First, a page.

The COVID-19 pandemic has reminded us that we live in a globalized community. Enthusiasm for medical knowledge is contagious. The pandemic has had a dramatic, and obvious, borderless impact on global public health. It’s important to also appreciate that other diseases have been impacted by this “small” world phenomenon.
Neural tube defects (NTDs), severe birth defects of the brain and spine, have widespread significance. Globally, nearly 300,000 babies are born with NTDs each year. Decades of research indicate folic acid before and during pregnancy can help prevent NTDs. The scientific community has broadly shared this guidance, in particular the need to fortify stable foods with folic acid, and it’s had a positive impact on global NTD prevalence – albeit with divergent implementation rates among many countries.
These international gains are due to clinical recommendations made widely available, and the education and advocacy of professionals around the world. These professionals leveraged medical knowledge to craft policies that benefit broad sectors of their countries’ population. And increasingly, our digital age connectivity is bringing together healthcare providers and investigators to share what they are learning with colleagues around the world.
An example of this spirit is embodied in the development and dissemination of the new clinical care guidelines for people living with spina bifida (SB), one of the most common neural tube defects that occurs when the spine and spinal cord don’t form properly. The Spina Bifida Association’s (SBA) Collaborative Care Network, through a cooperative agreement with the National Center on Birth Defects and Developmental Disabilities (NCBDDD) in the CDC, recently updated the care guidelines.
To accomplish this, the SBA convened international multicenter teams as working groups. This approach led to production of the fourth edition of the “Guidelines for the Care of People with Spina Bifida.” This effort, involving more than 100 international clinical and research experts, employed evidenced-based research and consensus methodologies to produce a comprehensive set of guidelines. This includes a range of topics, from prenatal counseling to transitions and aging. These guidelines know no borders and will be used across the globe supporting policy change in a local context.
Even though fortification recommendations already span the globe, recalcitrant rates of new folic acid preventable NTD cases remain high in many nations. The concept of “blue marble health” can help explain why. It’s a framework, introduced in 2013, that illustrates that most of the world’s neglected tropical diseases occur among the poor living in wealthier nations.
Developed countries have the resources to implement prevention measures and direct research and development – so they could eliminate several neglected diseases, if activated appropriately. This applies directly to SB and efforts among developed economies such as many in North America and Europe.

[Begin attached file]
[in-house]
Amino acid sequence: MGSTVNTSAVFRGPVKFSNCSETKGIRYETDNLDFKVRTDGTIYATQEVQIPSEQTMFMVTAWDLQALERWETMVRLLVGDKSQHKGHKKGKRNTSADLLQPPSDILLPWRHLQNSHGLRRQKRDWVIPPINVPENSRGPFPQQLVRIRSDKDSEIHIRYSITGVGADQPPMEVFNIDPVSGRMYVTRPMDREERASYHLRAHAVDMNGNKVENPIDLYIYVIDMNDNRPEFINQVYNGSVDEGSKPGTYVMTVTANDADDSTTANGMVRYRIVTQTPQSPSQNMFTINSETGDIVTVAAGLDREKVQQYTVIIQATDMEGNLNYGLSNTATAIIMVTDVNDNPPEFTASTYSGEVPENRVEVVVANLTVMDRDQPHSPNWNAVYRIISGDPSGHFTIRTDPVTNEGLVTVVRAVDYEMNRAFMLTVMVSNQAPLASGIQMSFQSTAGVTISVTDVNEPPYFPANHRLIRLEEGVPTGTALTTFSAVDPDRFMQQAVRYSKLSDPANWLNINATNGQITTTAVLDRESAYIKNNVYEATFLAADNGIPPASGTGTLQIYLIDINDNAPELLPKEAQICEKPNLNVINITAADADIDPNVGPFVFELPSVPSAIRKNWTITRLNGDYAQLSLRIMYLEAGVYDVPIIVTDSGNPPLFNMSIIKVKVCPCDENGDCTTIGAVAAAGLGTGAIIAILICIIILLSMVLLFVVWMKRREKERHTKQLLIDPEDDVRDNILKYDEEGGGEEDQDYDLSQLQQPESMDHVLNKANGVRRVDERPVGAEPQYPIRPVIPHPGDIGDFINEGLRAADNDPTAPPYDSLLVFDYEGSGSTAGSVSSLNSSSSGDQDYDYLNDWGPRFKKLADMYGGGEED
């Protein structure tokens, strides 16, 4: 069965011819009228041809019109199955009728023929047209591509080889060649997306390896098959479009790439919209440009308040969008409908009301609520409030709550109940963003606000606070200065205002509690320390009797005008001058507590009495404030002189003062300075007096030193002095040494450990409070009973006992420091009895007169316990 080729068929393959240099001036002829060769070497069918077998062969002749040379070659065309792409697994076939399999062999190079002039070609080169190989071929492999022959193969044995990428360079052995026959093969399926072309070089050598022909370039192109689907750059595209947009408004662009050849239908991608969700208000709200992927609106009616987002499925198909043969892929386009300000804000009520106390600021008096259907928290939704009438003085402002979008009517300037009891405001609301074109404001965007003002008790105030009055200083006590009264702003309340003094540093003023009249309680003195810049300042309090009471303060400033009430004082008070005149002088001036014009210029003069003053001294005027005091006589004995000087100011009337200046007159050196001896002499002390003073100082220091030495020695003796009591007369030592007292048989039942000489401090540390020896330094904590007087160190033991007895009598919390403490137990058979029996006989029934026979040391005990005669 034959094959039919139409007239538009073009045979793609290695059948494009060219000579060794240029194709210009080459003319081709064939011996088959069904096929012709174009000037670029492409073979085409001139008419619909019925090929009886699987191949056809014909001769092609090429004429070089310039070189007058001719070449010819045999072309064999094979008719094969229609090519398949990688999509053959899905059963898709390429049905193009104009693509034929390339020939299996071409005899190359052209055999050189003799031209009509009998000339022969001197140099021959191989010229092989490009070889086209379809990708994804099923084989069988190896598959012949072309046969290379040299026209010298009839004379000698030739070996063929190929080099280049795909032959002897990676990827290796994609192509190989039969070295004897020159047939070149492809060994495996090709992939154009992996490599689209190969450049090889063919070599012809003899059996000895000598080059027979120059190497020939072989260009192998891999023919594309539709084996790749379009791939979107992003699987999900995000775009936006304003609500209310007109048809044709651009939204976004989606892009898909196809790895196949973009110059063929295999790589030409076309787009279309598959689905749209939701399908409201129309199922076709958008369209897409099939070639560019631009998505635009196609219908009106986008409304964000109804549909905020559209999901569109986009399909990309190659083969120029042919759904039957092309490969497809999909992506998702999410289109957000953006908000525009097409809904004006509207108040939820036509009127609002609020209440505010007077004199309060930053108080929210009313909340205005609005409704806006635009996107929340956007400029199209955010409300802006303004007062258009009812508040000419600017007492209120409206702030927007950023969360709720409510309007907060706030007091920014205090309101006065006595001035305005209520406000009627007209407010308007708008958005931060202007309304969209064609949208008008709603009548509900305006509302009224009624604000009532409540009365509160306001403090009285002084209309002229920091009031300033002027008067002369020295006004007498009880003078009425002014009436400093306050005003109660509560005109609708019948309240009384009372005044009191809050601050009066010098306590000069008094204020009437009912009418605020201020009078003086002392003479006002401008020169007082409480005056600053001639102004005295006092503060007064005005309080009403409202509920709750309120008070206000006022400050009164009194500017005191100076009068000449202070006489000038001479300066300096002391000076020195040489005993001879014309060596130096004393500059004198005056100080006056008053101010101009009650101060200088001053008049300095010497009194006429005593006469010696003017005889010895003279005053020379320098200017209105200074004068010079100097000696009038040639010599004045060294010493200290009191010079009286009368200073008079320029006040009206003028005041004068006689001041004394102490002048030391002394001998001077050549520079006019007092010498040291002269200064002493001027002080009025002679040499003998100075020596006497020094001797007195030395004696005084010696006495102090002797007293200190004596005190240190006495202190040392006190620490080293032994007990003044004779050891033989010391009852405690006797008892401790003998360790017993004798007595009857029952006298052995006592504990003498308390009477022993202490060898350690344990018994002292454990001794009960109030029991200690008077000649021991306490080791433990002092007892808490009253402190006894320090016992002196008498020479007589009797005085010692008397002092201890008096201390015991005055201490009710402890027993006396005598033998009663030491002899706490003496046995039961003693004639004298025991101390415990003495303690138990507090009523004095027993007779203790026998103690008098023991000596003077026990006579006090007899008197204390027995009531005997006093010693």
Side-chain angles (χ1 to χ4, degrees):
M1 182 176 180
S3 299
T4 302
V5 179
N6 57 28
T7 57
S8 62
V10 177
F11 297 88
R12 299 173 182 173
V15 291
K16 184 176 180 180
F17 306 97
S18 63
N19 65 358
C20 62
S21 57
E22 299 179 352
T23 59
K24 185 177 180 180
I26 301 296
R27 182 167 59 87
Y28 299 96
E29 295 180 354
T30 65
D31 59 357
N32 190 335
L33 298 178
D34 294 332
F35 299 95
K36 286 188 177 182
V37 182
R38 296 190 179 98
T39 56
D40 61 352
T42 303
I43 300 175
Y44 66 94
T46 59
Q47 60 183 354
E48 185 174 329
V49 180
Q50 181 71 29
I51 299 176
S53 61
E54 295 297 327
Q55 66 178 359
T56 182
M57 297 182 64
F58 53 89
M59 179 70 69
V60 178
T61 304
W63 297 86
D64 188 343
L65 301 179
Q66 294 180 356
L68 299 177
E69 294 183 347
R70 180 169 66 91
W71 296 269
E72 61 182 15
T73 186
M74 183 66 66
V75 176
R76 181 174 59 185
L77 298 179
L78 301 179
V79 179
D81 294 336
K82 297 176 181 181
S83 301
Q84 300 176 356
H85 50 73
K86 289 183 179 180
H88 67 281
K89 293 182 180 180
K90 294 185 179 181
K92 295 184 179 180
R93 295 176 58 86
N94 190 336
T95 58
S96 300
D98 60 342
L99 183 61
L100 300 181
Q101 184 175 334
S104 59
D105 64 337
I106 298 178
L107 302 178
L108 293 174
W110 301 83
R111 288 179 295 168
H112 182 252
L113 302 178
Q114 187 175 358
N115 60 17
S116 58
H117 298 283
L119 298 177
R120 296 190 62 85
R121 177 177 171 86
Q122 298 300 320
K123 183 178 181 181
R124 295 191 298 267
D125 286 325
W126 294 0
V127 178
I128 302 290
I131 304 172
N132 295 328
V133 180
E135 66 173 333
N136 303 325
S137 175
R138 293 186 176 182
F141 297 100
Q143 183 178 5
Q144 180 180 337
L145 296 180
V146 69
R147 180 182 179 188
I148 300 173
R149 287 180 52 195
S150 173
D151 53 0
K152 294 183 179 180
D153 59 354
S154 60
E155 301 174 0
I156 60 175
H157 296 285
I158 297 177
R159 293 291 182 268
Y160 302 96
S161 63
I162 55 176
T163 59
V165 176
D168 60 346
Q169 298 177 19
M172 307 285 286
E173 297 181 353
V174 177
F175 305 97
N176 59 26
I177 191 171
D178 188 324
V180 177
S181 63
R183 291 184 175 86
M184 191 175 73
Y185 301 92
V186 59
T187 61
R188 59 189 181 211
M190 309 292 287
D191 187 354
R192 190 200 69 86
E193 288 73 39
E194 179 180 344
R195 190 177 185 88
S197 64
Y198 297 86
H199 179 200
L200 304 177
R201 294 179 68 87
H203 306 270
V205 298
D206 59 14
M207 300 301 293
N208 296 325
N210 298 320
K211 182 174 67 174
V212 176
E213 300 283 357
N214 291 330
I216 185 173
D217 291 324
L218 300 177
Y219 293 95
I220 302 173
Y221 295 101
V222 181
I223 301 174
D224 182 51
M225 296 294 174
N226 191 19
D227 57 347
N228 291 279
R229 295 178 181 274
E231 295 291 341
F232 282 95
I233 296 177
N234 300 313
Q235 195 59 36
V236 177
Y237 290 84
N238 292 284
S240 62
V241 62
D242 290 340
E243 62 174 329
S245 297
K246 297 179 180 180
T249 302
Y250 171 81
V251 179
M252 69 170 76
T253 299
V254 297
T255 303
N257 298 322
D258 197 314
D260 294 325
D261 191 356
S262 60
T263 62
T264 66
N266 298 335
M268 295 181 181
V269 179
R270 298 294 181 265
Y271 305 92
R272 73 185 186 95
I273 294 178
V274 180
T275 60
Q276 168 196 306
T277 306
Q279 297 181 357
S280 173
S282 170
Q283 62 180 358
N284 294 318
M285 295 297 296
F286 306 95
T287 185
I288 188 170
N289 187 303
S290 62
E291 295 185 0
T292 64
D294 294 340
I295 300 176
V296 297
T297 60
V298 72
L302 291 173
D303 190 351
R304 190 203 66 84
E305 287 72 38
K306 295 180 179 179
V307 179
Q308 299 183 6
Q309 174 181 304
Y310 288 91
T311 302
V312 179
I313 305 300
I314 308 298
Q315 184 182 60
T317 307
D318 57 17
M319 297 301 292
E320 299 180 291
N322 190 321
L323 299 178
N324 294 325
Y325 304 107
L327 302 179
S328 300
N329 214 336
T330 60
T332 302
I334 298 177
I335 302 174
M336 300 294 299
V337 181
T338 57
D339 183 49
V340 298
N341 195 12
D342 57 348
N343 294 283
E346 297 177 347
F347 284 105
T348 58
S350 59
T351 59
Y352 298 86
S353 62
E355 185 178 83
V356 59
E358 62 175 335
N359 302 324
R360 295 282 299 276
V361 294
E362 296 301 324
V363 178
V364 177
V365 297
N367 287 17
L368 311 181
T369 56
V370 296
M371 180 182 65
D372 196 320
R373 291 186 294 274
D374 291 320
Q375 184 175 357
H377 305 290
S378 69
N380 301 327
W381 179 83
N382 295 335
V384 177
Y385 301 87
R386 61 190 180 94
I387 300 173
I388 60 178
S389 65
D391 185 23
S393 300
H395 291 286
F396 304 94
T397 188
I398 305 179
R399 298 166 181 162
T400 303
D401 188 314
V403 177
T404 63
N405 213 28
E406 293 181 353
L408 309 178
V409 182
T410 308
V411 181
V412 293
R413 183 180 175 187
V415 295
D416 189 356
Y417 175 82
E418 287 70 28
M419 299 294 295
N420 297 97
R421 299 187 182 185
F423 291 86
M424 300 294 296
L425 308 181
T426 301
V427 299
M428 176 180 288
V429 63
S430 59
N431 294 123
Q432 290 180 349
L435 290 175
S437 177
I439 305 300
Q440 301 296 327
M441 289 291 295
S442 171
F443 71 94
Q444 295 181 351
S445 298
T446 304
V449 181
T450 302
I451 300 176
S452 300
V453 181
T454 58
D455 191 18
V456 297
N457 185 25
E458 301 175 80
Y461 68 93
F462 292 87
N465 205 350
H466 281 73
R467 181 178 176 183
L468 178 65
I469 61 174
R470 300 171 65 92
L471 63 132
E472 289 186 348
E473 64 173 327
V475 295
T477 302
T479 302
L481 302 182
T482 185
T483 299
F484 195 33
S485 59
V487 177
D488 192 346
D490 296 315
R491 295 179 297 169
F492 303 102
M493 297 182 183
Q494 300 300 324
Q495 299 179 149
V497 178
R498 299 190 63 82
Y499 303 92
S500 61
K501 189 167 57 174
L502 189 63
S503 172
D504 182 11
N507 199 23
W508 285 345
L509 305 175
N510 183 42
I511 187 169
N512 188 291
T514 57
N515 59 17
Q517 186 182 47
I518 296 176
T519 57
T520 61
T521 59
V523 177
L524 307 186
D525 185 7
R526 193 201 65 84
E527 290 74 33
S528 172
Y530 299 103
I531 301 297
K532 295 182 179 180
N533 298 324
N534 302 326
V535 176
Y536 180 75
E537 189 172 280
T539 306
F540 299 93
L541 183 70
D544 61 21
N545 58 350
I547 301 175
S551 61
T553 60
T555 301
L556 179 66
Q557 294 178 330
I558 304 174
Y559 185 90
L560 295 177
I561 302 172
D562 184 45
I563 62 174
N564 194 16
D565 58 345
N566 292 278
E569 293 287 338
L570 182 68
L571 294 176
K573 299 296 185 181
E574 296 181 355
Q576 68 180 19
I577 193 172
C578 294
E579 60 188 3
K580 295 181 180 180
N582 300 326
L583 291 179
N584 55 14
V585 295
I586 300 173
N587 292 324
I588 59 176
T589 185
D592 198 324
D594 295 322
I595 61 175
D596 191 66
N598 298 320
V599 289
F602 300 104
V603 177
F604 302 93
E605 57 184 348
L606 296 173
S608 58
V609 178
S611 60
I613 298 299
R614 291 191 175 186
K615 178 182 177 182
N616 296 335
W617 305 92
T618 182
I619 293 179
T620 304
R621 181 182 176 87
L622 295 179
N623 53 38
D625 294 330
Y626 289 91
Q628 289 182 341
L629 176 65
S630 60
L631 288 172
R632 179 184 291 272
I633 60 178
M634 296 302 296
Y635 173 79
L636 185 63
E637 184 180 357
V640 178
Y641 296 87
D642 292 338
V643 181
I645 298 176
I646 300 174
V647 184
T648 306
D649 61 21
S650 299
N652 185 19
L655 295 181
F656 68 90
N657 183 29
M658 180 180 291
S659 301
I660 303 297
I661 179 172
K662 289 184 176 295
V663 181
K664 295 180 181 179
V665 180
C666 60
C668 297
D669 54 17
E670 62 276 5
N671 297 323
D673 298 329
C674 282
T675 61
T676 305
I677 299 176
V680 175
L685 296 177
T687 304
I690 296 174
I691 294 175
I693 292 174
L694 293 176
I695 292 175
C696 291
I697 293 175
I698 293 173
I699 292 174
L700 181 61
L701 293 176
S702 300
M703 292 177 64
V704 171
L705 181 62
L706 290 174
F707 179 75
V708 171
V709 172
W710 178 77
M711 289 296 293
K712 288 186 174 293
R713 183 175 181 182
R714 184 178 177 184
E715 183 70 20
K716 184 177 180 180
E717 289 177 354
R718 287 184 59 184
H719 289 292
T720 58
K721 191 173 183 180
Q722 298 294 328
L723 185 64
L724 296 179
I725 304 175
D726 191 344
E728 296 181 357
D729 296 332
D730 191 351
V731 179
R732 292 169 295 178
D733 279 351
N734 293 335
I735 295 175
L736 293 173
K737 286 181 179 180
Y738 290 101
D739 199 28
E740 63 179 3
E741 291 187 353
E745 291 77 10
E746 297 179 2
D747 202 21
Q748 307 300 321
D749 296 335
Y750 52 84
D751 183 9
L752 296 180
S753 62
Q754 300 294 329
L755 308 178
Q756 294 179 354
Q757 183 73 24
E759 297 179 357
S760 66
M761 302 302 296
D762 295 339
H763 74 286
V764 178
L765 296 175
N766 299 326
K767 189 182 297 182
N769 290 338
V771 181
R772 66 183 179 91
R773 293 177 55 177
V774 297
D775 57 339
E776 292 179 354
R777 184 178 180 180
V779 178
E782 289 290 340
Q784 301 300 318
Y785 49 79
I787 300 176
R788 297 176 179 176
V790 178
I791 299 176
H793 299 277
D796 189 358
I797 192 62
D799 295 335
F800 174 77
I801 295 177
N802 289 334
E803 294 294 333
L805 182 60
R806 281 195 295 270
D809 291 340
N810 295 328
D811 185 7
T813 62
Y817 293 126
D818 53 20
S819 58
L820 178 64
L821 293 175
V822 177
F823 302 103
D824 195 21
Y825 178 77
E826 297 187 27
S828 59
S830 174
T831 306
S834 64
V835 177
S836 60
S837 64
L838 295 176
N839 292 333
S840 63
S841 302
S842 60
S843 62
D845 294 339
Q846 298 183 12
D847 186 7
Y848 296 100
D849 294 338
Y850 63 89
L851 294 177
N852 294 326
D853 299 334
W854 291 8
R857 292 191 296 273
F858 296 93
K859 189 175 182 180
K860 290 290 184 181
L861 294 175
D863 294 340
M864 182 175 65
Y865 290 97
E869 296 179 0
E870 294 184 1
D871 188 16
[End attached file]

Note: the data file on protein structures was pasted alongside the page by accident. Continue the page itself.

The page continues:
Additionally, even among those countries with robust services for children, many struggle to provide adequate services for adults with SB. This challenge is magnified in low-income countries and among immigrant or minority populations in wealthier nations.
In our “blue marble world,” the number of immigrants and refugees is escalating as we see at our center. At Baylor, as part of the CDC’s National Spina Bifida Patient Registry, we are witnesses to this demographic shift. Immigration is a social determinant of health that can significantly affect care provision. Language differences, cultural beliefs, acculturation, as well as local professional norms and institutional resource constraints, must be taken into account when these guidelines are implemented globally.
Locally, our team not only authored some of these international guidelines, but also cares for individuals affected by spina bifida from around the country, offering each family hope and up-to-date care. We leverage quality improvement methodologies and research to deliver multidisciplinary management. Thus, these guidelines could not come at a more suitable time. People need updated recommendations, and we are hopeful the digital age will help ensure their wide distribution.
-By Jonathan Castillo, M.D., M.P.H., FAAP, associate professor of pediatrics, director of the Spina Bifida Program and Global Patient Clinic in the Meyer Center for Developmental Pediatrics, Texas Children’s Hospital and Baylor College of Medicine
For more information, please see. “Guidelines and scientifically-based spina bifida care: Guidance across the lifespan in a global health context”